Financial technology giant PayPal is reportedly considering a move in the direction of individual stock trading after taking a veteran trading executive on for a new project called “Invest in PayPal.”

According to CNBC, the San Jose-based firm hired brokerage industry veteran Rich Hagen as a CEO for Invest in PayPal. Hagen was previously a co-founder of an online brokerage called TradeKing, which was acquired by financial services company Ally Invest. The job description of Hagen’s new role suggests that the expansion is still in the idea phase, but it falls in line with previously issued comments by PayPal CEO Dan Schulman, who mentioned in February that the company would be exploring expansion into “investment capabilities.”

Any move by PayPal into providing stock trading capabilities for its users reflects a growth in interest across the industry.

Square, a PayPal rival, offers stock and cryptocurrency trading through the Square Cash App. Robinhood has seen massive growth in its customer base and a doubling of its revenue since last year.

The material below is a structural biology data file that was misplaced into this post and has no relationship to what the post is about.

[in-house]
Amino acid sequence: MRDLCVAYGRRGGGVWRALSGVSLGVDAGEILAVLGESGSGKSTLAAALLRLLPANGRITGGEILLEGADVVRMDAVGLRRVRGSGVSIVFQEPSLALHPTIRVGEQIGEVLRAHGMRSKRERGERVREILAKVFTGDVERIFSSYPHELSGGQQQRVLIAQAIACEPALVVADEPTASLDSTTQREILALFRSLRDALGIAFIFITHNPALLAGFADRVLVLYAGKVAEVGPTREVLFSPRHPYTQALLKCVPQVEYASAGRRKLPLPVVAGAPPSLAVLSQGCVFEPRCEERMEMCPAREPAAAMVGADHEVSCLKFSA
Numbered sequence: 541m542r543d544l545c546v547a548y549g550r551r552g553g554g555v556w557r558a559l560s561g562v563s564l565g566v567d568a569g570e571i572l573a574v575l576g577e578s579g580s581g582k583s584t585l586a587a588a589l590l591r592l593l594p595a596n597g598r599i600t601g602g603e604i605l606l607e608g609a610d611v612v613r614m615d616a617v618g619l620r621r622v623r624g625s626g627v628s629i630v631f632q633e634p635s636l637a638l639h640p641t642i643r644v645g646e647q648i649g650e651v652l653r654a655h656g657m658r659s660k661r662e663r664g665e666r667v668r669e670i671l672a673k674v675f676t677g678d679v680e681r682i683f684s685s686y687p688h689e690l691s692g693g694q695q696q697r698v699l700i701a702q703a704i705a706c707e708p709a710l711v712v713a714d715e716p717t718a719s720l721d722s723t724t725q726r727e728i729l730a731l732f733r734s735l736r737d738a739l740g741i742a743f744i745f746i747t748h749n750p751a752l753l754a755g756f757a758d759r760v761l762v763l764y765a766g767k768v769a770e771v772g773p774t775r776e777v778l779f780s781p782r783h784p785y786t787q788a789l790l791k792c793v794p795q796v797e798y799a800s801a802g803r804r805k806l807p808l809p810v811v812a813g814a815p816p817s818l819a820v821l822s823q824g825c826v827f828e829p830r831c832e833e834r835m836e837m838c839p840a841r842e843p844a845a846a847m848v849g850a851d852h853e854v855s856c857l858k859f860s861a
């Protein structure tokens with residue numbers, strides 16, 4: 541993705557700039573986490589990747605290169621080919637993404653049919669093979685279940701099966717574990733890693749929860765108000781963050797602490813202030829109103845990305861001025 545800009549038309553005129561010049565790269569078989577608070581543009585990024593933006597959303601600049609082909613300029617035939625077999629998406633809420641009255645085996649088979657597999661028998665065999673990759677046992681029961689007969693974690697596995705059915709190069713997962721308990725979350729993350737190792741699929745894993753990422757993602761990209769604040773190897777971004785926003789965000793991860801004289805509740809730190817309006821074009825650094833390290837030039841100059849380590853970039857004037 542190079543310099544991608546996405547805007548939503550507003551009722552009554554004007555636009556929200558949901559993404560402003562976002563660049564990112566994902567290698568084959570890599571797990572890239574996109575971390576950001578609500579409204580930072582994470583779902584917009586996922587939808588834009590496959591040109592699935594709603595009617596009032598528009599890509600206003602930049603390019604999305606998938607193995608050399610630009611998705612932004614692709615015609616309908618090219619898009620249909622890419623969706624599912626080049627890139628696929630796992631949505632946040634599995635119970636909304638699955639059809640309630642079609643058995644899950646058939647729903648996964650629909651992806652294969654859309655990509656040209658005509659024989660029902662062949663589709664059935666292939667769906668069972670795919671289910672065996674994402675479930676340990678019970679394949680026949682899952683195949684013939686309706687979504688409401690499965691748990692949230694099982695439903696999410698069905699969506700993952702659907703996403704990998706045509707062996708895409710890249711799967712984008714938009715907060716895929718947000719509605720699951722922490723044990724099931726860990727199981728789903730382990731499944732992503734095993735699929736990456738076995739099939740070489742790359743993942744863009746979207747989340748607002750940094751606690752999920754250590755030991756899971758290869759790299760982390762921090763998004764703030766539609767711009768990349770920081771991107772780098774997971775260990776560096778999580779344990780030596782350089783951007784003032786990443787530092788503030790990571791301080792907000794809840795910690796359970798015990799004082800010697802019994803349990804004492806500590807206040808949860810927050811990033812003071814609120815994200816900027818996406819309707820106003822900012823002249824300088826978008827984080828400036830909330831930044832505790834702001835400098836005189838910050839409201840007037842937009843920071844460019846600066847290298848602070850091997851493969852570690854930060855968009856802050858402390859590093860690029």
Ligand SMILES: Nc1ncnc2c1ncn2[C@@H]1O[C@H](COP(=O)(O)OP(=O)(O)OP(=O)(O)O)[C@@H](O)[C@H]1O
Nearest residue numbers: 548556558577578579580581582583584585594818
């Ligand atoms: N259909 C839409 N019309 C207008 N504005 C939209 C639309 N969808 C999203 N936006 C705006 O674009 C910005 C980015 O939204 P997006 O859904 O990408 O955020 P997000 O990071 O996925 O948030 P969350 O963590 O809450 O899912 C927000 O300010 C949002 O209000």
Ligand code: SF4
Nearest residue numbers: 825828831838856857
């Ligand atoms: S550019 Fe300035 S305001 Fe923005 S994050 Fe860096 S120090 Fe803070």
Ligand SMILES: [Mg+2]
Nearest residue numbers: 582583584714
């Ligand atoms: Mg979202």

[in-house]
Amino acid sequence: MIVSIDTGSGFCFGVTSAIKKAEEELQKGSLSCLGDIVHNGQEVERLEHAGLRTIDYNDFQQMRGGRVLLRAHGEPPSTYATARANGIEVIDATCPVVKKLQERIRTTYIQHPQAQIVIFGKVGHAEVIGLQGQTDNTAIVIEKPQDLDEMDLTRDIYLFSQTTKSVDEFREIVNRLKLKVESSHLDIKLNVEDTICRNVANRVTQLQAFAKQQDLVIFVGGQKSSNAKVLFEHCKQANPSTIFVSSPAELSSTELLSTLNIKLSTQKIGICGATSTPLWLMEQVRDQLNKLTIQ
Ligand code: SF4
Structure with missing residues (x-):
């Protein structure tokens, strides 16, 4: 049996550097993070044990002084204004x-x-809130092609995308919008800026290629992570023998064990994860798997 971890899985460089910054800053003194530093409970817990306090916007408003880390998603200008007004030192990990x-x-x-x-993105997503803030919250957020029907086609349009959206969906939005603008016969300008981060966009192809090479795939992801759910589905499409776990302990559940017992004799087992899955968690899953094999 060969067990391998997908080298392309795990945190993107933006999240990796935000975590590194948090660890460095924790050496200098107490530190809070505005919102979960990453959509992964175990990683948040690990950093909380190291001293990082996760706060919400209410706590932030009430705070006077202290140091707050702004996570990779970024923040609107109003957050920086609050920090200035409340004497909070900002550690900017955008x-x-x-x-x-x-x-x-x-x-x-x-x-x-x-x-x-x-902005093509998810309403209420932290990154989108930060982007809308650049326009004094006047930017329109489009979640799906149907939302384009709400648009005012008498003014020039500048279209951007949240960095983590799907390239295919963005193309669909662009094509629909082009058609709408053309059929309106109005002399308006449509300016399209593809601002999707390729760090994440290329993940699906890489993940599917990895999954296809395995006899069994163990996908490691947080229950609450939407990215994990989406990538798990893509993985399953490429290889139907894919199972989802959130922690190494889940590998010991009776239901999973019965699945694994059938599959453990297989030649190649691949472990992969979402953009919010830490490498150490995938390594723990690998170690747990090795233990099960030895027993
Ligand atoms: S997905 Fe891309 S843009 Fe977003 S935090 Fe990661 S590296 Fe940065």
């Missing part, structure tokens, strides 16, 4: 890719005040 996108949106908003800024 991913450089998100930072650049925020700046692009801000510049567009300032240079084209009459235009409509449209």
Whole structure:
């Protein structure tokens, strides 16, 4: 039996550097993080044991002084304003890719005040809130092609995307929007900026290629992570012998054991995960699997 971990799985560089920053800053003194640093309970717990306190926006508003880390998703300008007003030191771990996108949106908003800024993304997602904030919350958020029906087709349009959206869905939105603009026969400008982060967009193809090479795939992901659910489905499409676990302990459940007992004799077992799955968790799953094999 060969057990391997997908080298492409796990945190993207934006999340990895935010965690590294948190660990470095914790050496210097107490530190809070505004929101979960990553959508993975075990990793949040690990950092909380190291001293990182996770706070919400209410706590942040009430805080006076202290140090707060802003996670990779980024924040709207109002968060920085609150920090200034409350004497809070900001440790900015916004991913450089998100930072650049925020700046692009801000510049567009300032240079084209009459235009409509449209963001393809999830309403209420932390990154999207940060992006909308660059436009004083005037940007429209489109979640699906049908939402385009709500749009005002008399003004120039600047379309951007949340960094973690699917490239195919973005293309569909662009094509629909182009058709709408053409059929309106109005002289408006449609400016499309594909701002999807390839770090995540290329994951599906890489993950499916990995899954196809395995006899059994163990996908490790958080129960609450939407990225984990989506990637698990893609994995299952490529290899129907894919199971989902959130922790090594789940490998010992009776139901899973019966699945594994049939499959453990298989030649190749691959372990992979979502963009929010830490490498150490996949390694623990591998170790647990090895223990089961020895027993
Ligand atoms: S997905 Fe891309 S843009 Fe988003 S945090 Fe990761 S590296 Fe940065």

CNBC reported that an unnamed industry source mentioned that PayPal may make its jump into stock trading through acquiring an existing firm in the industry. CNBC also noted a second source cautioned that any new expansion by PayPal would be unlikely to take place this year.

Individual stock trading has seen an increased amount of interest from the fintech and wider financial services sector, but it has also attracted closer scrutiny from regulators and Congress.

In February, Robinhood came under fire from Congress after traders were locked out of a rally in stocks for GameStop, prompting accusations that Robinhood did this purposely for the benefit of clients on Wall Street. The company and its CEO Vladimir Teneev denied this but promised to do better in the future. Robinhood later paid over $100 million in penalties to the Securities and Exchange Commission and the Financial Industry Regulatory Authority.

As a result of the Robinhood scandal, three Democrat members of Congress drafted the "Trading Isn’t A Game Act," which would require the Government Accountability Office to conduct a study into the harmful impacts of "gamification."

The executive branch has also not remained on the sidelines as this form of trading expands. On Friday, SEC chair Gary Gensler announced that the agency would step up its probe into gamification practices to inform new regulations into the practice.